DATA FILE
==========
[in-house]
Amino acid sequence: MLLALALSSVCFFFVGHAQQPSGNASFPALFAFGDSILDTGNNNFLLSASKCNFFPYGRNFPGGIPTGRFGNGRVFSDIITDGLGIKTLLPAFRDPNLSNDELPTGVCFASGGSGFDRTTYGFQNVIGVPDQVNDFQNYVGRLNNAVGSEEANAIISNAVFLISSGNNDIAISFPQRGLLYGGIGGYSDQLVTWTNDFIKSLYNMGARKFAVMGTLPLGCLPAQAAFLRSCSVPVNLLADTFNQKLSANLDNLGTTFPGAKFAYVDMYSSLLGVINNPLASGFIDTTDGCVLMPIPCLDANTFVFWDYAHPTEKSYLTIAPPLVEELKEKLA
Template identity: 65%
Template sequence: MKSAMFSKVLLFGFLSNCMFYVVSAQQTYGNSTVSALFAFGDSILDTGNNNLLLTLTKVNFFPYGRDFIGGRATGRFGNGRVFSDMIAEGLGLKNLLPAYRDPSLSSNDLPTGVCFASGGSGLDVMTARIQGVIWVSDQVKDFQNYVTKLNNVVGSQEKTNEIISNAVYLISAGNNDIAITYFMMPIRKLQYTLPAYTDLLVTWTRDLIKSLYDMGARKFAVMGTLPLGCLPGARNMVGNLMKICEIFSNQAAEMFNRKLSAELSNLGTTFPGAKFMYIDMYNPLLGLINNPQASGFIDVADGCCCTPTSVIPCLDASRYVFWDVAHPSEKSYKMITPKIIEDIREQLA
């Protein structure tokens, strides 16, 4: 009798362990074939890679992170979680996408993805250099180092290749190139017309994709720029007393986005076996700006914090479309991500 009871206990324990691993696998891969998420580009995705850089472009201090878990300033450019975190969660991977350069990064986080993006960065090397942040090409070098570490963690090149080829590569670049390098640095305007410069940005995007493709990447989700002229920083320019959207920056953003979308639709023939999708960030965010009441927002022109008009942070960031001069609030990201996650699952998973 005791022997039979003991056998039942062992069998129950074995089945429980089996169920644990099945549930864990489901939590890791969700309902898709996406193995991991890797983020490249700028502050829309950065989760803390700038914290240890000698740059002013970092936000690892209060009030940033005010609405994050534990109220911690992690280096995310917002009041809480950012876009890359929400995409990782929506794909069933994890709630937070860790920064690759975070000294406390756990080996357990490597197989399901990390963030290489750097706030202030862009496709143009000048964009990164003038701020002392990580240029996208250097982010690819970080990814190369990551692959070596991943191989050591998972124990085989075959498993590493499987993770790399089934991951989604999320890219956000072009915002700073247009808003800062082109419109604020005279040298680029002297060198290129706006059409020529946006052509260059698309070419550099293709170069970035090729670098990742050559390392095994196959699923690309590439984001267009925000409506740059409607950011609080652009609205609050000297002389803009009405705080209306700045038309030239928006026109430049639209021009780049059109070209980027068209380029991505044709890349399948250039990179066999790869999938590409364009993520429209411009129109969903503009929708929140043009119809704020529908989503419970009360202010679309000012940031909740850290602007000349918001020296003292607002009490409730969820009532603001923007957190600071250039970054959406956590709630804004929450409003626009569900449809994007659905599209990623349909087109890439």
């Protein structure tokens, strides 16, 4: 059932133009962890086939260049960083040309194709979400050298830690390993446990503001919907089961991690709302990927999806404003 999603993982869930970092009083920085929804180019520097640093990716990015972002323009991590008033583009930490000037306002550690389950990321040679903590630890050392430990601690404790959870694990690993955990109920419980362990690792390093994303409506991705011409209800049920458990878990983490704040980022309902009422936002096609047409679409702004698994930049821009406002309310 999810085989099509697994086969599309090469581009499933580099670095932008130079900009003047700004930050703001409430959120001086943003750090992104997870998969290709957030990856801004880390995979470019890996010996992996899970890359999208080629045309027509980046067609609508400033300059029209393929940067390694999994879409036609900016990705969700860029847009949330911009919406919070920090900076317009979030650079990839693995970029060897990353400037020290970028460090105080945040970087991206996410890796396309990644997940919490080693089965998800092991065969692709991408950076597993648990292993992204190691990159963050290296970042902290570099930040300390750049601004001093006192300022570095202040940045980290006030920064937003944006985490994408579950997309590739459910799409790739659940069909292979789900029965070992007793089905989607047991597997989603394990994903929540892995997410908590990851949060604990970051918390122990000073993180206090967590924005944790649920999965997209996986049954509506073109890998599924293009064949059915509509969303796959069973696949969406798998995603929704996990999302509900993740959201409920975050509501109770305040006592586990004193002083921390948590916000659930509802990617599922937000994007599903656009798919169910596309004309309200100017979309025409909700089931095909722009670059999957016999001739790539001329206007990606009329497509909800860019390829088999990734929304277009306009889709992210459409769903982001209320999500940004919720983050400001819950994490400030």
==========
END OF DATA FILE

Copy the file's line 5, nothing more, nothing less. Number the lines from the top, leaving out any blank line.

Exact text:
């Protein structure tokens, strides 16, 4: 009798362990074939890679992170979680996408993805250099180092290749190139017309994709720029007393986005076996700006914090479309991500 009871206990324990691993696998891969998420580009995705850089472009201090878990300033450019975190969660991977350069990064986080993006960065090397942040090409070098570490963690090149080829590569670049390098640095305007410069940005995007493709990447989700002229920083320019959207920056953003979308639709023939999708960030965010009441927002022109008009942070960031001069609030990201996650699952998973 005791022997039979003991056998039942062992069998129950074995089945429980089996169920644990099945549930864990489901939590890791969700309902898709996406193995991991890797983020490249700028502050829309950065989760803390700038914290240890000698740059002013970092936000690892209060009030940033005010609405994050534990109220911690992690280096995310917002009041809480950012876009890359929400995409990782929506794909069933994890709630937070860790920064690759975070000294406390756990080996357990490597197989399901990390963030290489750097706030202030862009496709143009000048964009990164003038701020002392990580240029996208250097982010690819970080990814190369990551692959070596991943191989050591998972124990085989075959498993590493499987993770790399089934991951989604999320890219956000072009915002700073247009808003800062082109419109604020005279040298680029002297060198290129706006059409020529946006052509260059698309070419550099293709170069970035090729670098990742050559390392095994196959699923690309590439984001267009925000409506740059409607950011609080652009609205609050000297002389803009009405705080209306700045038309030239928006026109430049639209021009780049059109070209980027068209380029991505044709890349399948250039990179066999790869999938590409364009993520429209411009129109969903503009929708929140043009119809704020529908989503419970009360202010679309000012940031909740850290602007000349918001020296003292607002009490409730969820009532603001923007957190600071250039970054959406956590709630804004929450409003626009569900449809994007659905599209990623349909087109890439």